Some Say It. We Do It.

At AgVenture, we're more than just seed guys — we're go-to guys. While some seed companies claim to provide year-round service and insights, we really do. All season long, we work with farmers to achieve the highest yields possible, applying region-specific practices and technologies. Journey with four farmers across the U.S., as they work with their AgVenture Yield Specialists to reach new heights on their operations.

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December 12, 2014
By Travis Michl

Today we’re hauling corn to the ethanol plant. That’s what we’ve been doing all week — running to St. Louis and hauling grain. St. Louis is about 300 miles round trip, and the ethanol plant’s about 40 miles away, but we’ll do 5–6 trips a day over there.

You might be surprised, but we’re not done with harvest yet. We haven’t harvested anything since Nov. 15, when we got done with corn. We’ve had snow twice and rain every other day, and we haven’t seen three days of sunshine strung together since then. But all that’s left is 150–160 acres of double-crop beans, so it’s a drop in the bucket. We’re fortunate.

But the majority of the harvest went pretty good. Everything kept moving right along. Yields were the best we’ve ever had.

After seeing our yields this year, we decided we’re going to increase our strip till acres. We’re continuing with the fungicide program we have implemented. Everything we did this year ended up being pretty well right. We’re going to try for a repeat next year.

As for what’s next, we didn’t get much fall work done this year. During the first big snow—we had about four inches—it was frozen just a little bit underneath the snow and we did a little chisel plow and ran a couple hundred acres of fertilizer through the strip till bar. But essentially that’s all we got done. We were too wet. We didn’t get any wheat planted this year—it was too wet. We like to have the wheat in by the 15th or 16th of October, but not this year. We just won’t have any wheat, so that’s kind of a bummer.

There’s not much else besides. That’s pretty much the status quo for the winter. We still have 150,000 bushel of corn to haul and 75,000 bushels of beans to haul. So we’ll be doing that. We’ll get a little break for the holidays, but we don’t have much planned. Just another run-of-the-mill winter.

 

December 12, 2014
By Jackson Webb

I haven’t felt burned out in a long time, but this year I feel it. Everybody is ready for a break. It’s been kind of a roller coaster year — from wondering if you’re ever going to get seed in to getting it and replanting beans 4-5 times, to our wet spring and thankfully a wet, cool summer.

We finished corn the first week of September and started on beans and pretty much ran through the bean harvest pretty quick. We finished them on the 24th. Harvest went really well, and it looks to be our best corn crop and probably our second or third best bean crop yet. And now we’re rowed up and ready to plant, so the next thing that will hit the field will be the planter. So we’re looking forward to deer season and duck season and time off now.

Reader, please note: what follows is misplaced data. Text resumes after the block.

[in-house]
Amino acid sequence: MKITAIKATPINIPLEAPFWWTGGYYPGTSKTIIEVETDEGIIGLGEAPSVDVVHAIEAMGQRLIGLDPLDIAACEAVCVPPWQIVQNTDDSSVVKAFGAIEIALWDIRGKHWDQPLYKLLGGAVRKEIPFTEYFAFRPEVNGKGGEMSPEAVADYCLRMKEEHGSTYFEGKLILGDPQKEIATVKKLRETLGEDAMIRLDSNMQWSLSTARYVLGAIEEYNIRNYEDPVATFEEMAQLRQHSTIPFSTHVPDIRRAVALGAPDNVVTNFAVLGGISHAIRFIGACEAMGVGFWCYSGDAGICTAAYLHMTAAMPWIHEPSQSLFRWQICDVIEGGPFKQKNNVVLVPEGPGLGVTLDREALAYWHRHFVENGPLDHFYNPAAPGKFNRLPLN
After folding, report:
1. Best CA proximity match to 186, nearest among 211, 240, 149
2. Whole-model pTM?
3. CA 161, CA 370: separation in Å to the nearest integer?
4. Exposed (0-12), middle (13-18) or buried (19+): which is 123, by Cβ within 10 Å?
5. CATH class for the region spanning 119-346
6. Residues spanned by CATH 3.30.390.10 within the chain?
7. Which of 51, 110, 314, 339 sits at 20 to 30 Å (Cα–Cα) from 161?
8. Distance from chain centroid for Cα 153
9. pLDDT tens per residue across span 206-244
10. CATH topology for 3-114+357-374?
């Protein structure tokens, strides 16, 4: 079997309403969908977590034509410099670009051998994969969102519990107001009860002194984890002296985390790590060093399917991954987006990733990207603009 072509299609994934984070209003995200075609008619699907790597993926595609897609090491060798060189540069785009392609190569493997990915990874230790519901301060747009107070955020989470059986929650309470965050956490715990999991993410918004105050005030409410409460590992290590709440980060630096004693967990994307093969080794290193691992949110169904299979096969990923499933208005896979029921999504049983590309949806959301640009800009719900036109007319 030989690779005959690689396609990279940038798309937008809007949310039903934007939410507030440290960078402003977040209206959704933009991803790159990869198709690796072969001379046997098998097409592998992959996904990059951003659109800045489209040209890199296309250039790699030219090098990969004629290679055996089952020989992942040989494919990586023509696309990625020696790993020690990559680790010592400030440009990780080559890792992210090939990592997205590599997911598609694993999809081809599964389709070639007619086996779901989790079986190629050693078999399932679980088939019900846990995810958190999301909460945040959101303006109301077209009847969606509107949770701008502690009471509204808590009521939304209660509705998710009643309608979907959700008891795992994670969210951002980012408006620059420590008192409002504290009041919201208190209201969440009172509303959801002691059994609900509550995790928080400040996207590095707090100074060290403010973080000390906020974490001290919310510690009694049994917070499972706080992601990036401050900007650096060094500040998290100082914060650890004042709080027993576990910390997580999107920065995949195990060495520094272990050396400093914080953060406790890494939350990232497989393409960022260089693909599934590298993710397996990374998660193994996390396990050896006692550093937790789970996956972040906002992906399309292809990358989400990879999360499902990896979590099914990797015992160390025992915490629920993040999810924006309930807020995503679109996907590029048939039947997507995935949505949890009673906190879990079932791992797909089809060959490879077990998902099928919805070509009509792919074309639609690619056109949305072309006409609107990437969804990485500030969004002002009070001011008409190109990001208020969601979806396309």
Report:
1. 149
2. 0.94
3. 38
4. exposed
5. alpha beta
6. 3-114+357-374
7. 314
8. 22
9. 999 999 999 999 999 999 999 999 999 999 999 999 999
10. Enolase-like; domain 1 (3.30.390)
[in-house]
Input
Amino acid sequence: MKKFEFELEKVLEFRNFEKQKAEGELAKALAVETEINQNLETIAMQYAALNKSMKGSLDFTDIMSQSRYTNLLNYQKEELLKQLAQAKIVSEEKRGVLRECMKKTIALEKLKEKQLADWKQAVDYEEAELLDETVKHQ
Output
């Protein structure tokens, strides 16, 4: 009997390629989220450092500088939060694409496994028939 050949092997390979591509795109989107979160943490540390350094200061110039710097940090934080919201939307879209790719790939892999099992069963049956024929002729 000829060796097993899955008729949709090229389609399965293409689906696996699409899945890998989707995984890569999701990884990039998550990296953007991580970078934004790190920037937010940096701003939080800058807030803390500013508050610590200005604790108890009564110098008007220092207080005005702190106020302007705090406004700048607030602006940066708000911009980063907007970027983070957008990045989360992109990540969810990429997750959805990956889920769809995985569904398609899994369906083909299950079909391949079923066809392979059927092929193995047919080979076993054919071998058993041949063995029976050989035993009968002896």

A neighbor and I also picked up another 4,000 acres of land and got some wheat planted. It’s up and looking good. We’ll harvest that in May or June. Other than that, we’ve been doing our groundwork. We’re in really good shape as far as field work and preparations for next year. This year we did a good bit of subsoiling and deep tillage. We’re on a three-year rotation, and this was year three. So with the continuous corn, you just get a lot of residue, and you can run into problems. So we burned this year, ran a disk across it and deep-tilled it and then rowed it up.

As far as a cropping plan, Wayne and I are on the third one, just watching the market. This year is a moving target, more so than it ever has been. We sat down and kind of figured out an acreage mix, and that all changed partly because we picked up that other ground. And we came back with a second cropping plan, and now that’s changed with all the wheat we got planted.

Usually it’s done in late November or early December, but the markets can dictate a switch real fast. So I’m sure we’ll be switching varieties up to the deadline. I always tell Wayne, I’m fine if the plan changes as long as there’s some sort of plan in place. Hopefully we’ll have something set this week.

I’m the kind of guy who can’t go sit and enjoy myself if we’ve got work to do. So for lack of a better term, I’m busting my ass trying to get it all done so I can go hunting and just relax.

December 12, 2014
By Aaron Paus

It’s been cold here lately, and today is the best we’ve had in a while, at 45. But we got done with harvest in November, and most of the people are out of the ground here.

Harvest was good. We had some pleasant surprises and some disappointment on some stuff that didn’t go as well as we would have liked. But we’re hauling it out and trying to get situated and organized for the end of the year.